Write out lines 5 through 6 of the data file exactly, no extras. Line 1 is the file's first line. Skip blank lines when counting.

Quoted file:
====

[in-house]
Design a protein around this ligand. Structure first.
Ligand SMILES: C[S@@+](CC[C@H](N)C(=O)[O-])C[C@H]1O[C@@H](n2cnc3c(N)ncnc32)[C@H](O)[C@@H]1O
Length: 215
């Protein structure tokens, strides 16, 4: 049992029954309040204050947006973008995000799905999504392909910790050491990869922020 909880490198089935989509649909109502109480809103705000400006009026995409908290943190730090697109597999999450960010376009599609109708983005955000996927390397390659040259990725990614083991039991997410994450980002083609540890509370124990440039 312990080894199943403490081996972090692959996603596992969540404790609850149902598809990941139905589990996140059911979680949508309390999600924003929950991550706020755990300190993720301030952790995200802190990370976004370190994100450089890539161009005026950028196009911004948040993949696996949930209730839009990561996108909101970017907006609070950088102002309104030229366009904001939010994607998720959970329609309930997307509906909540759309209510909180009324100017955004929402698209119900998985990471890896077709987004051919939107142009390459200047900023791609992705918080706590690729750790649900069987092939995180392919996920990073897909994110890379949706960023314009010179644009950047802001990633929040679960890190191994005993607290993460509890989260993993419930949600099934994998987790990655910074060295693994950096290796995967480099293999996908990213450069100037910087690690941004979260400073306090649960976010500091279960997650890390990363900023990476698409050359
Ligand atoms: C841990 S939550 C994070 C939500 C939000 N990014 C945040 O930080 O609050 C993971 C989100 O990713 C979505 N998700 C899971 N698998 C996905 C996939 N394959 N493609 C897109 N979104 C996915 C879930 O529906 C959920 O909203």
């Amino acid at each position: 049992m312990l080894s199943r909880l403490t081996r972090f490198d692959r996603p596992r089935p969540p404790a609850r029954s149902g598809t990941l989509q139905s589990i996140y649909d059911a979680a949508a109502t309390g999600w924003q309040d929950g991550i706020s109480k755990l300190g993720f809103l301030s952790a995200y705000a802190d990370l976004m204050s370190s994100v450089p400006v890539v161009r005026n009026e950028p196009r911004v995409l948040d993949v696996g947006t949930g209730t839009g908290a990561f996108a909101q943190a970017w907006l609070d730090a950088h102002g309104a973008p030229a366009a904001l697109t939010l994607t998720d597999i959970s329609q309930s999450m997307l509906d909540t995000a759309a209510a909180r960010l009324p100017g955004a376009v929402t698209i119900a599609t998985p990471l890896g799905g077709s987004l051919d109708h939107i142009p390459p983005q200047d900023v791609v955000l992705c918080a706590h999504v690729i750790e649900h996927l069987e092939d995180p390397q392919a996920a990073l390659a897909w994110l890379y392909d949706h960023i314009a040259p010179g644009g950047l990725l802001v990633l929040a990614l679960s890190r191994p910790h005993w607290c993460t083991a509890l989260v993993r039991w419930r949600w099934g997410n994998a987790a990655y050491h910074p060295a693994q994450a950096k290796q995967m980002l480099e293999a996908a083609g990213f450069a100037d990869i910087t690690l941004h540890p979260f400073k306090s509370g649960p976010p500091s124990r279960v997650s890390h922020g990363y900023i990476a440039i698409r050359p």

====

């Protein structure tokens, strides 16, 4: 049992029954309040204050947006973008995000799905999504392909910790050491990869922020 909880490198089935989509649909109502109480809103705000400006009026995409908290943190730090697109597999999450960010376009599609109708983005955000996927390397390659040259990725990614083991039991997410994450980002083609540890509370124990440039 312990080894199943403490081996972090692959996603596992969540404790609850149902598809990941139905589990996140059911979680949508309390999600924003929950991550706020755990300190993720301030952790995200802190990370976004370190994100450089890539161009005026950028196009911004948040993949696996949930209730839009990561996108909101970017907006609070950088102002309104030229366009904001939010994607998720959970329609309930997307509906909540759309209510909180009324100017955004929402698209119900998985990471890896077709987004051919939107142009390459200047900023791609992705918080706590690729750790649900069987092939995180392919996920990073897909994110890379949706960023314009010179644009950047802001990633929040679960890190191994005993607290993460509890989260993993419930949600099934994998987790990655910074060295693994950096290796995967480099293999996908990213450069100037910087690690941004979260400073306090649960976010500091279960997650890390990363900023990476698409050359
Ligand atoms: C841990 S939550 C994070 C939500 C939000 N990014 C945040 O930080 O609050 C993971 C989100 O990713 C979505 N998700 C899971 N698998 C996905 C996939 N394959 N493609 C897109 N979104 C996915 C879930 O529906 C959920 O909203």